Politics

In Tax Return Secrecy, Congress Unites

What some lawmakers said when we asked for copies of their returns

Only 37 of 532 members of Congress responded when Roll Call asked for copies of their tax returns. (Bill Clark/CQ Roll Call file photo)

No matter what their political affiliation, members of Congress have this in common: They don’t like releasing their tax returns. Only 37 of the 532 members of the House and Senate responded when Roll Call asked for copies of their tax returns over several weeks, starting in April. Most of them declined to release their tax returns.

Here are some of their responses.

Rep. Danny K. Davis, D-Ill.

Davis is a member of the powerful Ways and Means Committee, the House panel that shepherds proposed changes to the tax code through Congress. He told Roll Call that President Donald Trump should release his returns because of an “established precedent,” that does not exist for members of Congress.

Sen. Martin Heinrich, D-N.M.

Heinrich, who also declined to release his returns, is a member of the Senate Intelligence Committee investigating alleged connections between the Trump campaign and the Russian government. He told Roll Call that he has called for Trump’s tax returns to be subpoenaed, “so that we can follow the money and determine who holds the debt behind the president’s complex international business empire.” He added that he would release his own returns under one condition, “if it meant President Trump would stop defying decades of precedent and disclose his tax returns.”

Sen. Tom Udall, D-N.M.

Udall is one of nine co-sponsors of a Senate bill that would require all presidential candidates to release the most recent three years of their tax returns, or else the Treasury Department would release it for them.

He also drew a distinction between the disclosure of his own tax returns and Trump’s.

“The American people deserve to know whether President Trump has investments in foreign nations that might influence his foreign policy, and they deserve to know how his policies, including tax proposals, may impact his wealth and that of his company,” Udall said.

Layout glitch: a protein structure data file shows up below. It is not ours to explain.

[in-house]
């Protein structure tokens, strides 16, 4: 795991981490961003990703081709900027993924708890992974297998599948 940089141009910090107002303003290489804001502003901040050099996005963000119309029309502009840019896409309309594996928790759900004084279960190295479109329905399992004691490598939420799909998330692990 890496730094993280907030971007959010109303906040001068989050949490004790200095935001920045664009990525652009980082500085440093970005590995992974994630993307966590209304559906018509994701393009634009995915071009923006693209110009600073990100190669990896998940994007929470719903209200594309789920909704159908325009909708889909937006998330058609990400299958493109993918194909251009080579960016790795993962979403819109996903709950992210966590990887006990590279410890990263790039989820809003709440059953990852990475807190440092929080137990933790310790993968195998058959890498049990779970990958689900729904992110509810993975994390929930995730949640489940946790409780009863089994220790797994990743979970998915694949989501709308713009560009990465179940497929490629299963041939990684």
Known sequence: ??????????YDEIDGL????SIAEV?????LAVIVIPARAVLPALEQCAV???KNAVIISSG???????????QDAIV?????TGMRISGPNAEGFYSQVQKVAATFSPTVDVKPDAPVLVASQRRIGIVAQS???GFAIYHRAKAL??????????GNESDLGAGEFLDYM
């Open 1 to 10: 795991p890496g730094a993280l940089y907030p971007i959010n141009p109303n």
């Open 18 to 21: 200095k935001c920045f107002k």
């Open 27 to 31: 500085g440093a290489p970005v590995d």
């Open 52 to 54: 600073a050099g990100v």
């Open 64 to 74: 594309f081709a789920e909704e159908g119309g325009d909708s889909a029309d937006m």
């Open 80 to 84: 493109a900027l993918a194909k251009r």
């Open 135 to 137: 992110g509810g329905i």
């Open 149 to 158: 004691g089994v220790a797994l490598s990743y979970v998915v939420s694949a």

New Mexico Sen. Tom Udall wants presidential candidates to release three of their most recent tax returns. (Bill Clark/CQ Roll Call file photo)
New Mexico Sen. Tom Udall wants presidential candidates to release three of their most recent tax returns. (Bill Clark/CQ Roll Call file photo)

And while Democrats have led the call for Trump to release his returns, Republicans who have said the same have also been reluctant to take the first step.

Rep. Andy Harris, R-Md.

Harris said in March that, “sure,” Trump should release his taxes. He added that it was up to voters to signal that it was a priority, and shrugged. Releasing tax returns was not a priority for Harris either.

“Congressman Harris is not going to participate in Roll Call’s list,” spokeswoman Jacque Clark said.

Rep. Mac Thornberry, R-Texas

Thornberry’s office said he would not participate in “surveys,” which spokesman Jon Corley defined as the same request addressed to many different congressional offices. He also declined to answer direct questions about Thornberry’s returns.

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